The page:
Giving Life to the Community
I grew up in a rural working class community, in Western Tennessee, though I have no ancestry in the region. Ethnically, I am Euro-American Indian (French, Oglala- Mdwakanton- Sisseton-Wahpeton Dakota/Lakota), and have been independent since age seventeen. Needing an urban setting for my interests in art and music, I found Memphis, a city of which, in itself (as a place), continues to define and influence my work and consciousness. Today I call the San Francisco/Oakland area home.
Music has now become secondary to painting, an accessory to the painting process, an inspiration and alternative outlet. Present in my work is a sense of place, and the paintings often seem to me as the products of the struggle to represent and interpret a half-remembered sense of where I'm from, even though they sometimes describe a barren, uninhabitable dreamscape. They are, in a sense, attempts at a visual representation of my roots geographic, auditory, political, personal, familial, a description of an identity forged in the American Deep South.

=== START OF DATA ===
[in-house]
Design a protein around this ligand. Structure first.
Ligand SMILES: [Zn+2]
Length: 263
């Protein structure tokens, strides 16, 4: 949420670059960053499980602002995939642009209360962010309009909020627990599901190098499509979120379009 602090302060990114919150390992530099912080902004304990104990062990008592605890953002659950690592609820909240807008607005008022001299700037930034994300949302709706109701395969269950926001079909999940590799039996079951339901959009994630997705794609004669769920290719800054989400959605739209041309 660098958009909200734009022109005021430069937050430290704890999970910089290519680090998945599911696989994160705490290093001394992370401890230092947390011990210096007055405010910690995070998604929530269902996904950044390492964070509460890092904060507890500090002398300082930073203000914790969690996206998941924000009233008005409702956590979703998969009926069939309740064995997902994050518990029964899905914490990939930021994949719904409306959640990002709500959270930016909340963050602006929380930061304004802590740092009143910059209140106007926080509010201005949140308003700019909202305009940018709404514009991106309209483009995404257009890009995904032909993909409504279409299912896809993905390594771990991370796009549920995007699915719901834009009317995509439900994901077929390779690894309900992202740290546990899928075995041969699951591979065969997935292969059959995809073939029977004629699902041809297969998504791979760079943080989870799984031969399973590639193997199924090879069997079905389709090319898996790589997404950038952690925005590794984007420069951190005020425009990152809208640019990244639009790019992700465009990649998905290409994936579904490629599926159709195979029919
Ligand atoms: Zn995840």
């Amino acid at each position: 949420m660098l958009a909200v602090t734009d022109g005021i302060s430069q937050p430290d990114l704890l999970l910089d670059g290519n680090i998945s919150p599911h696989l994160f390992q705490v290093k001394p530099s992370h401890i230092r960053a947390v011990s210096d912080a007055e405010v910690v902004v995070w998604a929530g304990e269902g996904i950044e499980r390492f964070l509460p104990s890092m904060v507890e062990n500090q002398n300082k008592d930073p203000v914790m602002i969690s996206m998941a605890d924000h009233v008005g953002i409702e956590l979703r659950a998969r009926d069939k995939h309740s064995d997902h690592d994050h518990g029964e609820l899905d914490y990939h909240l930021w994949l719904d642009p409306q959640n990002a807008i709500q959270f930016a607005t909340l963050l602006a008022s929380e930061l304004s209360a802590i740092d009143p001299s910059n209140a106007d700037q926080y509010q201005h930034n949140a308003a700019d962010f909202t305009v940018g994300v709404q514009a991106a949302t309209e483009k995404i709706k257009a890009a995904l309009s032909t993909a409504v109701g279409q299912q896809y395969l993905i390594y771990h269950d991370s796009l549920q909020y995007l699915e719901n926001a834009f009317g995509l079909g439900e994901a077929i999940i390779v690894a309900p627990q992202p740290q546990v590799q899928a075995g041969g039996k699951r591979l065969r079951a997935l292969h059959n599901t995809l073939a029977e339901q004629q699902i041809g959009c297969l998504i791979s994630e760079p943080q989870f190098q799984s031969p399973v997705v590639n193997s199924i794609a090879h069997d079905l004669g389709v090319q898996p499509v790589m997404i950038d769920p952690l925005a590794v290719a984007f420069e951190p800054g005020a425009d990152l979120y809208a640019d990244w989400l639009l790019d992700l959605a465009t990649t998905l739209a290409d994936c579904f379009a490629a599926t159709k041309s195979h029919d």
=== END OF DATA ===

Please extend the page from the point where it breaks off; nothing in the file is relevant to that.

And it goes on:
I began to choose architectural spaces that I felt would relate faithfully to my painting process spaces that I know and see in my daily life that I felt would provide rich sources for painterly exploration, on one hand symbolize for me social issues regarding class difference, marginalization and alienation on the other. The form of realism I had long practiced is now giving way to a kind of abstraction; the work seems like a hybrid of the two. I am now interested in creating images simply from a desire to make interesting and meaningful work. The works have equally derived from typical modernist concerns about pictorial flatness through color modulation as they have been about conveying a mood and message.